What You Should Know Before You Start Taking Calcium Supplements

Calcium is one of the most important minerals for the body, contributing to a strong skeletal system and protecting against bone fractures and osteoporosis. To be sure they're getting enough calcium, some people may choose to add a calcium supplement. But there are a few things to be aware of.

The first is that it's a much better idea to try to get calcium from your diet if and when you can. Erin Michos, M.D., MHS, and associate director of preventative cardiology for the Ciccarone Center for the Prevention of Heart Disease, told Johns Hopkins Medicine Health, "A nutrient in pill form is not processed in the body the same way as it is when ingested from a food source. Furthermore, people believe that the proof that calcium supplements fortify bones is more robust than it really is."

Studies have implicated calcium supplements in a higher risk of colon polyps and kidney stones, and possibly an increased risk of calcium buildup in arteries of the heart.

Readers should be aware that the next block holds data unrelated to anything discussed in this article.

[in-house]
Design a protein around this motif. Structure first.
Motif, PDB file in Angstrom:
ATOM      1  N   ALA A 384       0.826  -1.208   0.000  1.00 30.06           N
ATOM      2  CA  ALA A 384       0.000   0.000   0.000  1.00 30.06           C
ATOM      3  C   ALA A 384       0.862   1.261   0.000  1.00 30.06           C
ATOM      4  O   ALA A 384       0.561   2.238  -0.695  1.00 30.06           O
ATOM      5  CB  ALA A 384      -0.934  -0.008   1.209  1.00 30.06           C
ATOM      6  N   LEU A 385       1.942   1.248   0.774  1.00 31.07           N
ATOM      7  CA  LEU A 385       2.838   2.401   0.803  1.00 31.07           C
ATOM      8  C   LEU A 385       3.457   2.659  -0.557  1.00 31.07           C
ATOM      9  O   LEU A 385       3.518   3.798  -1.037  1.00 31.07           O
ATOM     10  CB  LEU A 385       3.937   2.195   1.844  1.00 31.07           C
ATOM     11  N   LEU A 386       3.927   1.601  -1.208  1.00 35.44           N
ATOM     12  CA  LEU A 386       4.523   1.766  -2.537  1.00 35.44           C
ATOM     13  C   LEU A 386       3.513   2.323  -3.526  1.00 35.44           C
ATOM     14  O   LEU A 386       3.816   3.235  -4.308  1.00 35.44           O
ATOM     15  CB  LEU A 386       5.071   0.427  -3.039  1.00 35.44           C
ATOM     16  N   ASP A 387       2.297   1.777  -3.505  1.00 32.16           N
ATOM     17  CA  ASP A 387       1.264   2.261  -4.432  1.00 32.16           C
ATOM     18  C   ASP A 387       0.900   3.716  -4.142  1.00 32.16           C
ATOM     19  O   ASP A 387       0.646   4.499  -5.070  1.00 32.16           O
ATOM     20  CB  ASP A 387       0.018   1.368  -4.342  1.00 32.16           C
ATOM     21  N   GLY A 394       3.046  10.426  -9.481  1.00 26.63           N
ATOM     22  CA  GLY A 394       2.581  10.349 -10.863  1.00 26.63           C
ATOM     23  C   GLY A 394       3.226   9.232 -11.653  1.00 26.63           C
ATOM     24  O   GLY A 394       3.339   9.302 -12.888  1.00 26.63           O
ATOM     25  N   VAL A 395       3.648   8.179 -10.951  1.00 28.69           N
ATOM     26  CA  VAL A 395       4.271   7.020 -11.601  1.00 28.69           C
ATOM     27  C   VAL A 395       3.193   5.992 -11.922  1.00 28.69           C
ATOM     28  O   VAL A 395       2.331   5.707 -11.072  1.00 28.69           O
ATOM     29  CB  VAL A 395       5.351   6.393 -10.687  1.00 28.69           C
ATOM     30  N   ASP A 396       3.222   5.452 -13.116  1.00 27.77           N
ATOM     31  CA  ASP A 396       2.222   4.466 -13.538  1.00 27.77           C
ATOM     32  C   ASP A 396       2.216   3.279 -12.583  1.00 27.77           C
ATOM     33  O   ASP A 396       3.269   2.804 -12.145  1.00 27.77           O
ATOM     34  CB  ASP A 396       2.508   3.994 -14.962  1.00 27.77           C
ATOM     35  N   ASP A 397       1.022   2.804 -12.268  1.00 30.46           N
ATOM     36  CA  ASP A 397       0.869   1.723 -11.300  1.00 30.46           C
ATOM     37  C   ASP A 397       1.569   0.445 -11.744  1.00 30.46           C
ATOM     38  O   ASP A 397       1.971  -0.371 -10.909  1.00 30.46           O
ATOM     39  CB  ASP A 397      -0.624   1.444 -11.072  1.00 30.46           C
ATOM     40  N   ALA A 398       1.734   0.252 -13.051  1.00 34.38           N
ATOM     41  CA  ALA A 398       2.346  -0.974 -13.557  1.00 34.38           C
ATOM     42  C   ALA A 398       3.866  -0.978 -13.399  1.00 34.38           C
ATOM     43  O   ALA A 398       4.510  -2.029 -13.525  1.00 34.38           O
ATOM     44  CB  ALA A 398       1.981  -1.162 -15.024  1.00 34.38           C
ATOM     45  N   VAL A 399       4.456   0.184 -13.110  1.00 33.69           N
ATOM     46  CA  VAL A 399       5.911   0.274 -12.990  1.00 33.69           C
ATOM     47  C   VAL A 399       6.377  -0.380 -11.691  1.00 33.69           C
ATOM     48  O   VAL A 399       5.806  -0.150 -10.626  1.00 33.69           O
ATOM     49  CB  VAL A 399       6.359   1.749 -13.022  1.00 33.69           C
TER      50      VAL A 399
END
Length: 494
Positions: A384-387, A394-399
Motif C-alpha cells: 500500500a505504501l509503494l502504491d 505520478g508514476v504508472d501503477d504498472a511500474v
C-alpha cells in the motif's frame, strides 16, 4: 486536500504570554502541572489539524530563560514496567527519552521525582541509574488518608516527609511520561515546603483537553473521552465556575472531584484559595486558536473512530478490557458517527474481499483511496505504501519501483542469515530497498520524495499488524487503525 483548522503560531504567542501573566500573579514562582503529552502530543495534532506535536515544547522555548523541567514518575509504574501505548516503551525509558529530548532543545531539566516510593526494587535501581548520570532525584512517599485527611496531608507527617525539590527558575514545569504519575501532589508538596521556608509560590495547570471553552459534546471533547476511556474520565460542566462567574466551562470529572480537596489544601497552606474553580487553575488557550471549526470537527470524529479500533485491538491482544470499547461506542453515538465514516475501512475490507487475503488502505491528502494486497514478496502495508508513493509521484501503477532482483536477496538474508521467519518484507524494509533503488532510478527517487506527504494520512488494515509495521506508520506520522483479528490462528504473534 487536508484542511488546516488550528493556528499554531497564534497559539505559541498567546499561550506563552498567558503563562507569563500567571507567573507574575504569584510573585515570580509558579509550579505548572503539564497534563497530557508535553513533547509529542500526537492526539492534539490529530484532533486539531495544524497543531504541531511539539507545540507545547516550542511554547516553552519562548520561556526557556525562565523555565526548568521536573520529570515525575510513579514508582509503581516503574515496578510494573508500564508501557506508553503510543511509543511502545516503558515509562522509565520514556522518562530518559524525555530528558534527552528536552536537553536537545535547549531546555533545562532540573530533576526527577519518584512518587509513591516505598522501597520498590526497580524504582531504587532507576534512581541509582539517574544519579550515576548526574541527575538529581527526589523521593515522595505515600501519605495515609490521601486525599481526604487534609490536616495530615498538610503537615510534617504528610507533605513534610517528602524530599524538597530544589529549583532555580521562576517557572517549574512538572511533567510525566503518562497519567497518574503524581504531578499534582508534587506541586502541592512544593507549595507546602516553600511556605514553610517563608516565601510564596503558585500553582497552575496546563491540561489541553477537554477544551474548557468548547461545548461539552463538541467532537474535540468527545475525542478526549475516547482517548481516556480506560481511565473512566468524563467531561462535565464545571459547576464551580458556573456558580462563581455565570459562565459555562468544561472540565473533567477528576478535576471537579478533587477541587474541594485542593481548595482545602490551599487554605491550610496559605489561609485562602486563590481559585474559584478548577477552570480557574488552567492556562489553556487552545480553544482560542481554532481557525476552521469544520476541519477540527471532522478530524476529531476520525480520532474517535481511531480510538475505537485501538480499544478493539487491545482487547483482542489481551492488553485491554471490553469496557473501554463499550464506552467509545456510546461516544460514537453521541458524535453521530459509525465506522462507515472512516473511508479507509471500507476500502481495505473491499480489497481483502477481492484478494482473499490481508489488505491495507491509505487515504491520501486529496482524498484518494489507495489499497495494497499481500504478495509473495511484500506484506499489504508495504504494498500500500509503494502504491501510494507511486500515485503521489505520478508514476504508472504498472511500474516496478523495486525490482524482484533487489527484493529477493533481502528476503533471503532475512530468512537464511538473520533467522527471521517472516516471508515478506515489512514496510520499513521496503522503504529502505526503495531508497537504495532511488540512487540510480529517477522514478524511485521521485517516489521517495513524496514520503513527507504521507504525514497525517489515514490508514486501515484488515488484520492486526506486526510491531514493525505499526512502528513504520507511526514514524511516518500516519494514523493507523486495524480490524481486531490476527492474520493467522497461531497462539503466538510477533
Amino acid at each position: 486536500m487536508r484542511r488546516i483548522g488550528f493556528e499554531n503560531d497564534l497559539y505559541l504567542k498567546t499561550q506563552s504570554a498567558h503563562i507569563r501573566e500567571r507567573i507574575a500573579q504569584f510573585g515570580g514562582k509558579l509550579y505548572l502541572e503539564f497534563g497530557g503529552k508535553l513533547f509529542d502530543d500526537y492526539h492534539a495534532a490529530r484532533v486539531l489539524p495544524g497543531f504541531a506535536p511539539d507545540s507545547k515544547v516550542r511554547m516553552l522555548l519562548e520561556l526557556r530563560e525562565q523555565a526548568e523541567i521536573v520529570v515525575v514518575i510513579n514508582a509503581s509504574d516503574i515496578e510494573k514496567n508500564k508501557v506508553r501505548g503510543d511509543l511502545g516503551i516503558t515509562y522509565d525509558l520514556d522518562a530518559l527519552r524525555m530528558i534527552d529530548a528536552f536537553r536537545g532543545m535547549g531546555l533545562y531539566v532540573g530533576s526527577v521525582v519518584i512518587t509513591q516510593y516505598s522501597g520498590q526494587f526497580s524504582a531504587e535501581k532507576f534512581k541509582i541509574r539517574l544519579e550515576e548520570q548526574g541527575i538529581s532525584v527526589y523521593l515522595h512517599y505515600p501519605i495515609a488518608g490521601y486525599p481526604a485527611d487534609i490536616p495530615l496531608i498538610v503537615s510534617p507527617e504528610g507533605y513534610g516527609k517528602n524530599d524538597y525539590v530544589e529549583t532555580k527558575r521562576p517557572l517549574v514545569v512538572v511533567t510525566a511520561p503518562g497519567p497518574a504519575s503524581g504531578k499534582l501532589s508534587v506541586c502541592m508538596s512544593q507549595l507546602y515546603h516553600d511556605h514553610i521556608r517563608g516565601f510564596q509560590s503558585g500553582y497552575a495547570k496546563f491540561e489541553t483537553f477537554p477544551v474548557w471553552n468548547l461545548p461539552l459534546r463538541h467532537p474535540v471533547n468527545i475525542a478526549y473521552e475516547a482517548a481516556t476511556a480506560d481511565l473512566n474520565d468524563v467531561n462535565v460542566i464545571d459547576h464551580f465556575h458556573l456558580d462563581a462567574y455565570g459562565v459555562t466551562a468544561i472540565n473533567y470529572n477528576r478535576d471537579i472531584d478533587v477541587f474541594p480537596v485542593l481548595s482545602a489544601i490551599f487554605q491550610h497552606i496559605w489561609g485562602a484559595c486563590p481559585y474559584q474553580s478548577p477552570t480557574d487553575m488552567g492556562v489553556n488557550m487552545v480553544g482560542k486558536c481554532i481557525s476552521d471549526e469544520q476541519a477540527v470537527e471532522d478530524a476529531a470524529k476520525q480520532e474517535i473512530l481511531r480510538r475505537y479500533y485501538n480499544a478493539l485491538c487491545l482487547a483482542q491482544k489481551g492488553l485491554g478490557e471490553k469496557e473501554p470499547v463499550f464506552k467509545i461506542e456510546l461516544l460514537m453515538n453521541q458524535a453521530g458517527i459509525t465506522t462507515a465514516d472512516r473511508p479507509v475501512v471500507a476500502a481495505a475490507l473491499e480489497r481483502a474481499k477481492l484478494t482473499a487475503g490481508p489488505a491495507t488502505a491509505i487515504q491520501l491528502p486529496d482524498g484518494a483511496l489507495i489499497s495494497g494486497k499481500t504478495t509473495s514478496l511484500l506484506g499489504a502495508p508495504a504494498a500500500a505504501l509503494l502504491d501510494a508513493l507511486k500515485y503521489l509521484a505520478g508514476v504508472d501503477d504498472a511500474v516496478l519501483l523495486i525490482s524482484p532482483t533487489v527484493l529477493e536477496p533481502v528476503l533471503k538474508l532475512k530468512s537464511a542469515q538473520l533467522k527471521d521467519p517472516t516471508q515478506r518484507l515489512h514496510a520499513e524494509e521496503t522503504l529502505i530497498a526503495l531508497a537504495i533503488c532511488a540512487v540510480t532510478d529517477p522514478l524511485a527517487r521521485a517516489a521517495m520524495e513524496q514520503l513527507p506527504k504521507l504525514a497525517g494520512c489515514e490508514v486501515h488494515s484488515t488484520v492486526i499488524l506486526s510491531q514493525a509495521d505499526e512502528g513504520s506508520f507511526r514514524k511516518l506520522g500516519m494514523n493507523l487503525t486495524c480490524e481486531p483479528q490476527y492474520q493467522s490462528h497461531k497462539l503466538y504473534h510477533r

Good dietary sources of calcium include almonds, low-fat dairy, leafy green vegetables, soybeans, oranges, and garbanzo, white, and pinto beans.

When you take it is important

If you are going to take a supplement there are some guidelines to follow. Your body needs stomach acid to break down calcium supplements, so take them with meals (via American Bone Health). And try not to take them while eating a lot of fiber. Fiber and calcium can bind together, which makes the calcium less effective.

The recommended daily intake for women over 50 is 1,200 mg and for men up to age 70 it's 1,000 mg. After age 70 men should aim for 1,000-1,200 mg daily. But don't take it all at once. Your body can only absorb about 500-600 mg at one time, so take a lower-dose supplement with each meal.

Calcium supplements are generally well-tolerated but can produce side effects in some people. These can include gas, constipation, and bloating, according to the Mayo Clinic. There are several types of calcium supplements including calcium carbonate, calcium citrate, calcium gluconate, and calcium lactate, which have varying amounts of elemental calcium. Calcium carbonate, which has the most elemental calcium, is most likely to cause constipation.

Calcium supplements and some prescription medications can interact, causing issues with efficacy of the medication. If you're taking medication for blood pressure, thyroid disorder, antibiotics, bisphosphonates, or calcium channel blockers, speak with your doctor about the best time to take your medications and your supplements.